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Trump proposes USD 1.1 tr budget; defence spending up by 54 bn

Press Trust of India  |  Washington 

US President Donald Trump today proposed a USD 1.1 trillion budget, requesting a massive USD 54 billion increase in defence spending and a substantial cut in the State Department allocations particularly foreign aid, which is likely to have an impact on recipients like

"There is no question that it is a hard power budget. This is not a soft power budget. And that was done intentionally. The President very clearly wants to send a message to our allies and our potential adversaries that this is a strong power administration," Director of the Office of Management of Budget Mick Mulvaney told reporters ahead of the rolling of the annual budget.


"So we have seen money move from soft power program such a foreign aid to more hard power programs. That's allies can expect. That's adversaries can expect," Mulvaney said.

The USD 54 billion increase in US defense spending is more than India's annual defense budget.

In his communication to the US this morning, Trump said his budgetary request includes an additional USD 30 billion for the Department of Defence (DOD) to rebuild the US Armed Forces and accelerate the campaign to defeat the ISIS, and an additional USD 3 billion for the Department of Homeland Security (DHS) for urgent border protection activities.

This also requests USD 24.9 billion in the DOD base budget for urgent warfighting readiness needs and to begin a sustained effort to rebuild the US Armed Forces.

The request seeks to address critical budget shortfalls in personnel, training, maintenance, equipment, munitions, modernisation, and infrastructure investment.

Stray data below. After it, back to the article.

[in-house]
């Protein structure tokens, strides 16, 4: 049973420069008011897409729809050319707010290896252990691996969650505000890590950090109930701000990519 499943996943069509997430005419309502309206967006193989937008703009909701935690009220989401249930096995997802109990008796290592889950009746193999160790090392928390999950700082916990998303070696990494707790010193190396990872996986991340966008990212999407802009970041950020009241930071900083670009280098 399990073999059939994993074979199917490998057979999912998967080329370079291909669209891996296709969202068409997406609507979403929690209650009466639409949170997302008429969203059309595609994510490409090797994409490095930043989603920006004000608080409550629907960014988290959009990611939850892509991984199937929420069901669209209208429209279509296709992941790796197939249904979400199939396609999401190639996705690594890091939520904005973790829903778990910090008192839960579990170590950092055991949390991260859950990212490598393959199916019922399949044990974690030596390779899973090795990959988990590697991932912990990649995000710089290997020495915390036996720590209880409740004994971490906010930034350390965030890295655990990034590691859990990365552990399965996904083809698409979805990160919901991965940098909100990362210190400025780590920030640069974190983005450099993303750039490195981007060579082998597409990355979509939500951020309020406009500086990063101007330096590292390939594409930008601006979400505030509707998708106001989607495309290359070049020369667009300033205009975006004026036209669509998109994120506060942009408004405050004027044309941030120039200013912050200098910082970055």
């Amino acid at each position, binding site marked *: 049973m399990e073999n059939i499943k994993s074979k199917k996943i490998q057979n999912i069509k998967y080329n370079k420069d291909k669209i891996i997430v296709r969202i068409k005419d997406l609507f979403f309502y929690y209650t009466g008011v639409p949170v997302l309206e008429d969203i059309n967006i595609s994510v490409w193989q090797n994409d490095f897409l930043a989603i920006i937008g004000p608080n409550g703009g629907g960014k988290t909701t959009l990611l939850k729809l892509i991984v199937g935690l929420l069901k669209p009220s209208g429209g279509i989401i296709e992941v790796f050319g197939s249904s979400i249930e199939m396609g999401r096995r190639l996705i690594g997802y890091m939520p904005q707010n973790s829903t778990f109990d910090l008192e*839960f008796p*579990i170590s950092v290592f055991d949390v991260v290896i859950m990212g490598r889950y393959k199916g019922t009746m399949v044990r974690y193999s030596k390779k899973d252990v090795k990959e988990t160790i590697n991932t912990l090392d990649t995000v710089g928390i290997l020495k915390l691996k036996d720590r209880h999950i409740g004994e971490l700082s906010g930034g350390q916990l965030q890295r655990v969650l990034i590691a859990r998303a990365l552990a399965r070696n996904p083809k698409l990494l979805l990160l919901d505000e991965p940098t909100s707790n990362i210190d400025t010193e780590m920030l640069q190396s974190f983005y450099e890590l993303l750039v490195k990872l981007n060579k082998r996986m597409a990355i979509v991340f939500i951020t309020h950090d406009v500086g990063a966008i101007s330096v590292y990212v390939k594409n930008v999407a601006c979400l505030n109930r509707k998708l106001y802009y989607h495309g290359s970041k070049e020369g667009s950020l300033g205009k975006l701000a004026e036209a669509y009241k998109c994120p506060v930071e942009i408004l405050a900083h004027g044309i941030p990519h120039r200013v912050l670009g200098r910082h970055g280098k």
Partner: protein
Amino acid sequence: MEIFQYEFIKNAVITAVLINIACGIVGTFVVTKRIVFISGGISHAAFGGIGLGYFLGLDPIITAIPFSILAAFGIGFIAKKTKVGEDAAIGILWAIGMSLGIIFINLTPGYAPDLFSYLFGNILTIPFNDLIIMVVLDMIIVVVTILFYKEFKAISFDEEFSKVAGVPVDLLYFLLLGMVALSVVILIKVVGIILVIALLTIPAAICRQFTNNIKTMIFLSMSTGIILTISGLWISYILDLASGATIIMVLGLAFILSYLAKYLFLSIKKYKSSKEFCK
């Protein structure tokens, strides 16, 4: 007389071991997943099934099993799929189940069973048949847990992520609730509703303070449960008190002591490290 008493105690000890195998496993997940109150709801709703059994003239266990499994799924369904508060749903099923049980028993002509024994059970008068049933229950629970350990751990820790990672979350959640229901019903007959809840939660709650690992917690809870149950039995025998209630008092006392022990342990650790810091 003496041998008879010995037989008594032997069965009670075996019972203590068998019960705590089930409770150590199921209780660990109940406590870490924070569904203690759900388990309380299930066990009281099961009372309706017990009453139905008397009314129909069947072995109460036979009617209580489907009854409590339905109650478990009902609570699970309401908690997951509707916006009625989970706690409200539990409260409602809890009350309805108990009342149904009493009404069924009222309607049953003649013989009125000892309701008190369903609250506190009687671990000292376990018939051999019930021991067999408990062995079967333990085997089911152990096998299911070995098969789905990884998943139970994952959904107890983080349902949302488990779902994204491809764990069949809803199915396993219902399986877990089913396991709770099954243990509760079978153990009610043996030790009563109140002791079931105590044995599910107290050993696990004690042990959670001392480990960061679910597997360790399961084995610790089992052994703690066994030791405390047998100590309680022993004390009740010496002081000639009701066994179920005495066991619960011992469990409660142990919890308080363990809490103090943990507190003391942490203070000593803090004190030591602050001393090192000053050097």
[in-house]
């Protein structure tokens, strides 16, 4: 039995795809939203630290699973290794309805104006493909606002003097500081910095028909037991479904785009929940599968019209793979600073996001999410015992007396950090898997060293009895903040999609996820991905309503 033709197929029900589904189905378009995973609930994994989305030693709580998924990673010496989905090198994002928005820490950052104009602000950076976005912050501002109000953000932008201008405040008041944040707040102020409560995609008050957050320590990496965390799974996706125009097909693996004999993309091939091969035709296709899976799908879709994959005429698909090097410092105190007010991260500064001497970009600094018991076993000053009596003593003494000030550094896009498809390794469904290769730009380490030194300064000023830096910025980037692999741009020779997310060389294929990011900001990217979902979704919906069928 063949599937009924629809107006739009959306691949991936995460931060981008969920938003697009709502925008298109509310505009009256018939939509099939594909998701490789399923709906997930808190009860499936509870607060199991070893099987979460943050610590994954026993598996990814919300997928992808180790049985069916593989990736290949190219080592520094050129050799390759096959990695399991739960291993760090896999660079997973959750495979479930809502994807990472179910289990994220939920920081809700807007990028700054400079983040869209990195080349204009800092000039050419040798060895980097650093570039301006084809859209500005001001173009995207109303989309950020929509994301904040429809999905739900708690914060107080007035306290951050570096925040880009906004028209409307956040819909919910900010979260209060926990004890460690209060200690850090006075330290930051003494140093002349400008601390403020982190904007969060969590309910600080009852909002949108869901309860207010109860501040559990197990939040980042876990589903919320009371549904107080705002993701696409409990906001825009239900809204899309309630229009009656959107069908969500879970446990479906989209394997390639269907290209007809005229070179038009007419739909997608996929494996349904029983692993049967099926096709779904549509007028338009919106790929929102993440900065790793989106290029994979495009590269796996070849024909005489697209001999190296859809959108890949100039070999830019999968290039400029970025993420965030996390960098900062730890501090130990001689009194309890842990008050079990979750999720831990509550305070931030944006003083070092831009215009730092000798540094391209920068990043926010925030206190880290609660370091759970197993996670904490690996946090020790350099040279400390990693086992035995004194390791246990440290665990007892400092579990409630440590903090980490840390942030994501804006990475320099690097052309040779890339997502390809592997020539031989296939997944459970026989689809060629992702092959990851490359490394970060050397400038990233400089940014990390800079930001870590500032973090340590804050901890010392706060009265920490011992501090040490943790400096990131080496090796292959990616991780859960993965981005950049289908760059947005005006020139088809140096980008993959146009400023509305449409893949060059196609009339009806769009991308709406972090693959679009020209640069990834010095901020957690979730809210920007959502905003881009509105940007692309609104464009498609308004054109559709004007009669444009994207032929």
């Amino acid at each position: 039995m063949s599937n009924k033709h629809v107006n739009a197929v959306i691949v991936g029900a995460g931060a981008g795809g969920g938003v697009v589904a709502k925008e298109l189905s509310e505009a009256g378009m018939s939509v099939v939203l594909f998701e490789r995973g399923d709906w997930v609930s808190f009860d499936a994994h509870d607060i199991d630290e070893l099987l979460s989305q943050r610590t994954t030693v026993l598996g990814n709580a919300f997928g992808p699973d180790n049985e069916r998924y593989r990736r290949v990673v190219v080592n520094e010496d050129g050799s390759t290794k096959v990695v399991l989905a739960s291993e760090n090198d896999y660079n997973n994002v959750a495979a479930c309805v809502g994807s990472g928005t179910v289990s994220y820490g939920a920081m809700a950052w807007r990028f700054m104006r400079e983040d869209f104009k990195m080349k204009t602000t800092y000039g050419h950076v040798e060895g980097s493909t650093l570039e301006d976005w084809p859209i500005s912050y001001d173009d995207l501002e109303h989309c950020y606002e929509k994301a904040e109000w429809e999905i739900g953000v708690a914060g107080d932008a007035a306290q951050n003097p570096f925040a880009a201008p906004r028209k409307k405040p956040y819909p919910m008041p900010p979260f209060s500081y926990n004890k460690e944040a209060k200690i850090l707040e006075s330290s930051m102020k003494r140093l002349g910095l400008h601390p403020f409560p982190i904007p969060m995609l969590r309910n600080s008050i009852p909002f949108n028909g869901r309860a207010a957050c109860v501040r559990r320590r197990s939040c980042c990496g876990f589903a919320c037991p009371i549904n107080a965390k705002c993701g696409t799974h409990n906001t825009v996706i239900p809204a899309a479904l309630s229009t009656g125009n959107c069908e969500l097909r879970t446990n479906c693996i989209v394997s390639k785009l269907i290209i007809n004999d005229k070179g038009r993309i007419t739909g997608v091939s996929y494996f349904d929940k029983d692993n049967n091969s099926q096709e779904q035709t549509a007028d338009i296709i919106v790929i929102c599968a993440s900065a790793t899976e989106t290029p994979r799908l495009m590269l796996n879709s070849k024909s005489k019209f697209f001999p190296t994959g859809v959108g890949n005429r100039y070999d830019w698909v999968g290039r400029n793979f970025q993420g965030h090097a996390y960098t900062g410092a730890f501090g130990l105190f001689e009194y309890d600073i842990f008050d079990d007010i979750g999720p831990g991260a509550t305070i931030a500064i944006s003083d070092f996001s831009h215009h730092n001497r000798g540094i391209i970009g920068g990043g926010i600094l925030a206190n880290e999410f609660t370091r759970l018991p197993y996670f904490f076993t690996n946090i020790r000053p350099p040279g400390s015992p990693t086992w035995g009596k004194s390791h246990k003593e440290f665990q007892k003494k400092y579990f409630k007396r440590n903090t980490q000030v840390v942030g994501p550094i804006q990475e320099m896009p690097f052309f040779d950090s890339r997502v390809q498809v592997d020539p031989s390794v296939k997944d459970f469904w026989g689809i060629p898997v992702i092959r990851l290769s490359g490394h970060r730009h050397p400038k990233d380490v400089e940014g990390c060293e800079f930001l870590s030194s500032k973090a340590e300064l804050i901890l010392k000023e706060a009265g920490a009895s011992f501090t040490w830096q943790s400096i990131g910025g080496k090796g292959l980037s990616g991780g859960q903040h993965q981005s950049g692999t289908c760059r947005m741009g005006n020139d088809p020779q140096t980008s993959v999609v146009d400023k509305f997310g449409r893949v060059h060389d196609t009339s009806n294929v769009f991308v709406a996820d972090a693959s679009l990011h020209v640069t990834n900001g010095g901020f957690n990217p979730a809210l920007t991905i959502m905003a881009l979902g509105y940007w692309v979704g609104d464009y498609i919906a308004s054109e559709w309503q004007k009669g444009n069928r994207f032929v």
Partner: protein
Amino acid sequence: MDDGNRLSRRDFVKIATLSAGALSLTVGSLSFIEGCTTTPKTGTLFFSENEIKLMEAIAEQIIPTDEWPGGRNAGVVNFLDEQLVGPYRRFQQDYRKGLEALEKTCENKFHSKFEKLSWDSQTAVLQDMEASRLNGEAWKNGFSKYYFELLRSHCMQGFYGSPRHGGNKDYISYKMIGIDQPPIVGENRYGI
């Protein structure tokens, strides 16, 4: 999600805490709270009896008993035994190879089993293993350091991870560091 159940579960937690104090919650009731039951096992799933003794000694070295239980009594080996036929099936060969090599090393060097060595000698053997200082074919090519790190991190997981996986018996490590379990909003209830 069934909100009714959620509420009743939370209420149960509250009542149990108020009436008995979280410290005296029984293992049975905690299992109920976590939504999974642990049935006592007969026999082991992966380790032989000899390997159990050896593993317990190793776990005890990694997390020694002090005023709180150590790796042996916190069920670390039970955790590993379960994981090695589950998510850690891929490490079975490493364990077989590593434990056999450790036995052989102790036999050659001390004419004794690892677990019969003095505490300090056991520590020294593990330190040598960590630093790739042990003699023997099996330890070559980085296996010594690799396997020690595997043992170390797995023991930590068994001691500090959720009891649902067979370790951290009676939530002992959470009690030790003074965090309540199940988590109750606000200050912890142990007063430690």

It represents a critical first step in investing in a larger, more ready, and more capable military force, he said.

Trump said the request also includes USD 5.1 billion in the Overseas Contingency Operations budget for DOD to accelerate the campaign to defeat ISIS and support Operation Freedom's Sentinel in Afghanistan.

This request would enable DOD to pursue a comprehensive strategy to end the threat ISIS poses to the US, he said.

Trump has suggested an additional USDthree billion for DHS implementation of his executive orders on border security and immigration enforcement.

"The request would fund efforts to plan, design, and construct a physical wall along the southern border, and make other critical investments in tactical border infrastructure and technology. The request also proposes funding to increase immigration detention capacity, which is necessary to ensure the removal of illegal aliens from the US," Trump said.

Mulvaney said the budget proposes to cut the State Department's foreign aid programme by massive 28 per cent.

"That is not a commentary on the President's policy towards the State Department," he said, adding the foreign aid line items in the budget happens to fall within the State Department functions.
During his campaign, Trump had said he wants to spend

less money overseas and more money back home. The budget proposals tries to accomplish this goal.

"Foreign aid gets reduced," he said, without elaborating any further.

This is likely to have an impact on America's foreign aid to countries like Pakistan, which has been one of top recipient of America's foreign aid post 9/11.

The top recipients are Afghanistan, where 8,400 US troops are deployed, about USD 4.7 billion; Israel, USD 3.1 billion; Egypt, USD 1.4 billion; Iraq, USD 1.1 billion; Jordan, USD 1 billion and Pakistan, USD 742 million. Kenya, Nigeria, Tanzania and Ethiopia each received more than USD 500 million.

Talking to reporters in Japan where he is travelling, Secretary of State Rex Tillerson defended the budget proposals.

"The level of spending that the State Department has been undertaking in the past - and particularly in this past year - is simply not sustainable. So on a go-forward basis, what the President is asking the State Department to do is, I think, reflective of a couple of expectations," he said in response to a question.

"As time goes by, there will be fewer military conflicts that the US will be directly engaged in; and second, that as we become more effective in our aid programs, that we will also be attracting resources from other countries, allies, and other sources as well to contribute in our development aid and our disaster assistance," he said.

The State Department, he said, is going to be undertaking a very comprehensive examination of how programs are executed and a very comprehensive examination of how it is structured.

First Published: Thu, March 16 2017. 18:23 IST
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